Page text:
Reality doesn’t always match your expectations.
The gap between the two is where most of our suffering lies.
Often times we are our biggest blindspot.
But what are we to do about this?
3 Ways to Minimize the Gap:
If you minimize the gap between what you expect to happen and what actually happens, you’ll find more enjoyment, suffer less unnecessarily, and live with less regret.
The most important and true problems in the world are the ones that you create for yourself.
No one can predict the future, but everyone makes their best guess.
Since this is true, you should focus on what’s for sure going to happen: the mundane.
And the mundane deserves your attention the most.
Mastering the mundane is crucial because that’s what makes up most of your time.
We get caught up and strung out on novelty – the far and few in between, but ‘the motions’ that we go through are what compound exponentially as your life unfolds.
Your routines (or lack thereof) set the rhythm. Your daily attitude sets the tone.
How you wake up, what’s in your fridge, how you treat your dog, and your relationship with your neighbors – these are the parts that are often overlooked.
How you wind down for bed, how you take showers, how you do the dishes, and even…how you poop.
For example, wipes are better than toilet paper. You wouldn’t clean poop off of your arm with only something dry, so why be biased? Switching to wipes is an extremely easy way to upgrade your mundane.
It’s all the little things that happen every day that take up the bulk of our life.
So much of our suffering is because of unmet expectations.
When I bought a high-end headlamp from REI several years ago, I imagined wearing it on 3-day hikes to the peaks of mountains.
How it actually gets used is with my 5-year-old daughter every night, reading bedtime stories.
Would I trade one outcome for the other? No way.
Early on in fatherhood though, I would let my desires get the best of me and expect WAY too much from myself and my family.
I wanted a month’s worth of living in a week’s worth of time.
It’s just not possible (obviously) to live like that.
Naval Ravikant, the tech buddha of silicon valley, likes to say, “Desire is a contract that you make with yourself to be unhappy until you get what you want.”
Now I realize it’s more about the principles than the desires.
When you put more emphasis on principles instead of desires, you empower yourself to enjoy more of what happens.
Instead of wanting that fancy headlamp for specifically mountain top adventures, I want it to be of use in experiences I don’t regret.
Instead of wanting to be a skydiver, specifically, I want to be a person who does dangerous things carefully.
I’m not saying that you shouldn’t have desires. That’s impossible.
But what you should do, is tame them and choose what you’re willing to suffer for. (What you’re willing to postpone satisfaction for.)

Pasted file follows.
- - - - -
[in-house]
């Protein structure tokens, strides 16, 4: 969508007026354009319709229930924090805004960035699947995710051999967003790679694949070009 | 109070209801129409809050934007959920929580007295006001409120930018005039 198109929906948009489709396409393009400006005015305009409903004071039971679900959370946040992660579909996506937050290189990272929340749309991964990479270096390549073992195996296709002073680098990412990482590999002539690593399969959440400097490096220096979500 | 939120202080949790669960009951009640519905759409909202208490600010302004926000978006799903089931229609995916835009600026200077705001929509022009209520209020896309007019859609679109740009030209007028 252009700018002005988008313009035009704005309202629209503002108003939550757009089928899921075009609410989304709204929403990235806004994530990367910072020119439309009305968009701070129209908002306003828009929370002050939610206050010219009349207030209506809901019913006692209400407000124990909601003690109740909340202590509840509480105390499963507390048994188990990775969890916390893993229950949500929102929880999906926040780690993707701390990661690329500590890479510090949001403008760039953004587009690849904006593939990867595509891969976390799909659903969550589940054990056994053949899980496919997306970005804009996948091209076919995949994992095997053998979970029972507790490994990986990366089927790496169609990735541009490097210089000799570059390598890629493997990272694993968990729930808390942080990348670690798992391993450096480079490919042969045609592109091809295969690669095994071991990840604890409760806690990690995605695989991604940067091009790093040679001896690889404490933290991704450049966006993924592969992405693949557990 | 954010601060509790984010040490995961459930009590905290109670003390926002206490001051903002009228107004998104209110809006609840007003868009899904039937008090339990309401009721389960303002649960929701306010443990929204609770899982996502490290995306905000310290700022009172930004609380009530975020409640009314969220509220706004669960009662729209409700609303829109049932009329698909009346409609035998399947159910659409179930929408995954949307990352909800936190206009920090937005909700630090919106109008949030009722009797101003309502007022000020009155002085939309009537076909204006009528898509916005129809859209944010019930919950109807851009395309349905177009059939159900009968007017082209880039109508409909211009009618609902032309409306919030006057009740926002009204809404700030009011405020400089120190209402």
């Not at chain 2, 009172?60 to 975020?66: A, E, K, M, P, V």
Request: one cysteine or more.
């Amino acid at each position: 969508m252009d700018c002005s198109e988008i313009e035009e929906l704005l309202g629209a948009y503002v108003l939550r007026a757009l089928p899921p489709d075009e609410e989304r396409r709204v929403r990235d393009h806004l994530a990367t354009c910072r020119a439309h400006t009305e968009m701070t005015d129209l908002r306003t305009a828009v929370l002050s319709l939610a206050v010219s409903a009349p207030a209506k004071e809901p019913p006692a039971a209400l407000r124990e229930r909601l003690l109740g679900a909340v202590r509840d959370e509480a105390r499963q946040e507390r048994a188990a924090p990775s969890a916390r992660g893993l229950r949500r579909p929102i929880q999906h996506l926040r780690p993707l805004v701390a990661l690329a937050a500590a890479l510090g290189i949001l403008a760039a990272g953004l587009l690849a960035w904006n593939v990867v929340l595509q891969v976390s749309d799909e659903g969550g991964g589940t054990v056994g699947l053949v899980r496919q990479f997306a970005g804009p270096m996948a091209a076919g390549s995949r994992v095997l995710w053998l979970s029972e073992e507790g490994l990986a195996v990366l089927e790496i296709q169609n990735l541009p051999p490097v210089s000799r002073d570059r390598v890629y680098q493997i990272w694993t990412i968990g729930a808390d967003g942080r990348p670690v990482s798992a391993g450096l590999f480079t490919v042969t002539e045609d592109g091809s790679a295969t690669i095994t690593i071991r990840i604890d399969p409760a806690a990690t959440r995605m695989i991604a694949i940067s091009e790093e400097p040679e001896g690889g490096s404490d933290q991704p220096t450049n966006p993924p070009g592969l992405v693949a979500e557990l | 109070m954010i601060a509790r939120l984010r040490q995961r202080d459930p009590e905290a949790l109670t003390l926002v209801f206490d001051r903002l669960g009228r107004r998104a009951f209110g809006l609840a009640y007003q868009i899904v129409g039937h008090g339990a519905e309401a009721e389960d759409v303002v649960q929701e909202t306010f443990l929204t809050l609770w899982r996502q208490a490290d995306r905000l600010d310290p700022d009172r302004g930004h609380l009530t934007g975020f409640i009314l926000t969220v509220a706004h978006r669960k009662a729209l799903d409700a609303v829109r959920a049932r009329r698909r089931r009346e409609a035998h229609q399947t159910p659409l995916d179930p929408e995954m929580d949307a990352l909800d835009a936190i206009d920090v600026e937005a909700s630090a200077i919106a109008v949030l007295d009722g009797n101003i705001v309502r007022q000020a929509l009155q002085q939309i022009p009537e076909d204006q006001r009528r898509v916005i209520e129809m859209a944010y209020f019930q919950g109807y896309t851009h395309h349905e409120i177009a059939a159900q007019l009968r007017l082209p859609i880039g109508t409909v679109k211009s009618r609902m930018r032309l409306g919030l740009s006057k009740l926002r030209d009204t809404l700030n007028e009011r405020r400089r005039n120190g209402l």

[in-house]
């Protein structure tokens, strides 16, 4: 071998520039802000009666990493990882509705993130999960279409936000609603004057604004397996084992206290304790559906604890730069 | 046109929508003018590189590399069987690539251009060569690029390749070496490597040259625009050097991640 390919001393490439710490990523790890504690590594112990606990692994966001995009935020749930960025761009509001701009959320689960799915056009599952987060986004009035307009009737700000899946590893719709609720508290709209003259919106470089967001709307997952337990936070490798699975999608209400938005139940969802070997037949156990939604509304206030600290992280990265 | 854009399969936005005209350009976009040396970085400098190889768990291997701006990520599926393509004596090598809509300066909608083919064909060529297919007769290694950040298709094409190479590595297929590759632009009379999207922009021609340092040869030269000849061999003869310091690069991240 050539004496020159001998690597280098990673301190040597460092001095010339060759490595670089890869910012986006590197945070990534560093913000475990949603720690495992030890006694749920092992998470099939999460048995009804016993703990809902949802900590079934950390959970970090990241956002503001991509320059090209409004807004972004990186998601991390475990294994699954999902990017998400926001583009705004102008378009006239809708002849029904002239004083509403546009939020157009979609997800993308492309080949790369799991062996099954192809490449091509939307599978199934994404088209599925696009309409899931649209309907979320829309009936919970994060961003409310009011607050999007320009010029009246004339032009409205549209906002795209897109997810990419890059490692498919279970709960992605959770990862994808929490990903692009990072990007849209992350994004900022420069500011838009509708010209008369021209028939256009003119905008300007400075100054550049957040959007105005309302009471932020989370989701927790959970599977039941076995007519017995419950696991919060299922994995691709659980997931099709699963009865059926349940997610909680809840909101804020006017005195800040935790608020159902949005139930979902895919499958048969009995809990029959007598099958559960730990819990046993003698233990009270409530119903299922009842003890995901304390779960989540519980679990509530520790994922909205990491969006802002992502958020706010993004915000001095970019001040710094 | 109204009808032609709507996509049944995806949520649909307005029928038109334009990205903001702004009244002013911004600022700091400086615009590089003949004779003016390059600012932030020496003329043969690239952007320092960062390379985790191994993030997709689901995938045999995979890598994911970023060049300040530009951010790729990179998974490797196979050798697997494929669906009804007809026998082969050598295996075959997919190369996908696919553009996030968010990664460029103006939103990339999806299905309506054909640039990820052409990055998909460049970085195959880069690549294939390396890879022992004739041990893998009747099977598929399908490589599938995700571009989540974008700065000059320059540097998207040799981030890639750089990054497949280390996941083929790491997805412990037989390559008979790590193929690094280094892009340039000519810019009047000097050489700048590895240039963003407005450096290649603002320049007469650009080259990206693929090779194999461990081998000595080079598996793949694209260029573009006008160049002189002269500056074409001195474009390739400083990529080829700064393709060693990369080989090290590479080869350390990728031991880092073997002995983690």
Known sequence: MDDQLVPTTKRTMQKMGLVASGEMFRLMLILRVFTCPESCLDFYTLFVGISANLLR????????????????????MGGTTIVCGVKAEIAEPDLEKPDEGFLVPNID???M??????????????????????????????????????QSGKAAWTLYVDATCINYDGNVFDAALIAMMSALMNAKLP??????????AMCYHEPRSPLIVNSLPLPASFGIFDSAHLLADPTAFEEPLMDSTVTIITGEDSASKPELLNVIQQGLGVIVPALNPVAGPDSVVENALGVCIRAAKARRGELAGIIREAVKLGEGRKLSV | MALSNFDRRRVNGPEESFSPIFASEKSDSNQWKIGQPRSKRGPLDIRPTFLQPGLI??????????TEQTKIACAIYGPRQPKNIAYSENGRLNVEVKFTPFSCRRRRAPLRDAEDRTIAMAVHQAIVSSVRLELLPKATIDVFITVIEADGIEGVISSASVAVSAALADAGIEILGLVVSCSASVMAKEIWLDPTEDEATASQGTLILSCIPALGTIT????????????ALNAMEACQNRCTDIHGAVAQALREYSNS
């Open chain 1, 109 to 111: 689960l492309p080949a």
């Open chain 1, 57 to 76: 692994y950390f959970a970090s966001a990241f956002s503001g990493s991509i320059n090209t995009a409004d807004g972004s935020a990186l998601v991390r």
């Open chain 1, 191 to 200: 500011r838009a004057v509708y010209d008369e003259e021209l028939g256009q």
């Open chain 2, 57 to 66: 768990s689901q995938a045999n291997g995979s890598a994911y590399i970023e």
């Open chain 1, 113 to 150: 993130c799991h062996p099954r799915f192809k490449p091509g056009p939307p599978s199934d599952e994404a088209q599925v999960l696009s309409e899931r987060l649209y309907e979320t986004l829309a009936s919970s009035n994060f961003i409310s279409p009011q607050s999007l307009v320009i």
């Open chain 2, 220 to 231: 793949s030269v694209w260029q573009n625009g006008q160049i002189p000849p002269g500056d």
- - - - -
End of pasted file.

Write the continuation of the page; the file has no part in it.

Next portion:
When you choose your principle-based desires with intention, you won’t be as upset when things come up on your way to getting them.
None of us are wise enough to predict the best possible outcome for our lives.
That’s why it’s important to leave your ideal vision of the future a little open-ended.
Don’t be so strict with what it has to look like.
Create the space for magic and mystery to wiggle its way in and transform your hopes and dreams into something beyond your imagination.
That’s the real best case scenario - the one so good you couldn’t have even planned for it.
Back around 2018, I had the idea of creating an online marketplace for skydivers to buy & sell their used gear. The most common option at the time for this use case was a 40,000 person private Facebook group.
I thought this idea was going to change my life. It was going to not only solve an issue in a community I cared about, but it was also going to allow me to drop the 9-5 and do my own thing!
My grand plan was flawed from the start, however, because I had started with a solution (amazing marketplace building tool) and had sought out a problem to solve with it.
Apparently, this is a common entrepreneurial mistake, but I didn’t fully realize this blindspot until the day of my 24th birthday when I received an email stating that I hadn’t gained entry into a skydiving tech competition that I’d relentlessly prepared for the previous 8+ months…
Fast forward to 2020 and I found a problem in need of a solution. It led to a side project called Psychedelic Grad, which I thought would be a cool experiment to try out for a month or two just to see what’d happen.
21 months later, it’s up to 600+ members, a podcast, and a weekly newsletter.
I tell you this to illustrate the fact that we truly don’t know what the hell’s going to happen in the future.
All we can really do is pick a direction, follow our curiosity, and see what happens.
We have to be open to something better.
If you want to shorten the discrepancy between reality and your expectations, you have to minimize the problems that you create for yourself.
The number one way is to master your everyday behaviors.
Thousands of good decisions made throughout your week compound in a ridiculously positive way!
Keep your head on straight and focus only upon those things that you’re willing to suffer to get.
Choose wisely, but make no mistake that you’re choosing either way - up to you if it’s going to be worthwhile.
Then, you’ll need to let go of attachment to the outcome.
Sure, yes, go for the win, but keep in mind there’s an infinite amount of games to play and you want to attend as many as possible.
Turns out there can be a lot of overlap between building design and building a life. John Ruskin (unknowingly perhaps) tells us how to live life better.
It's never too late to stumble upon an underlying principle of reality. (Especially one that can be put to use immediately)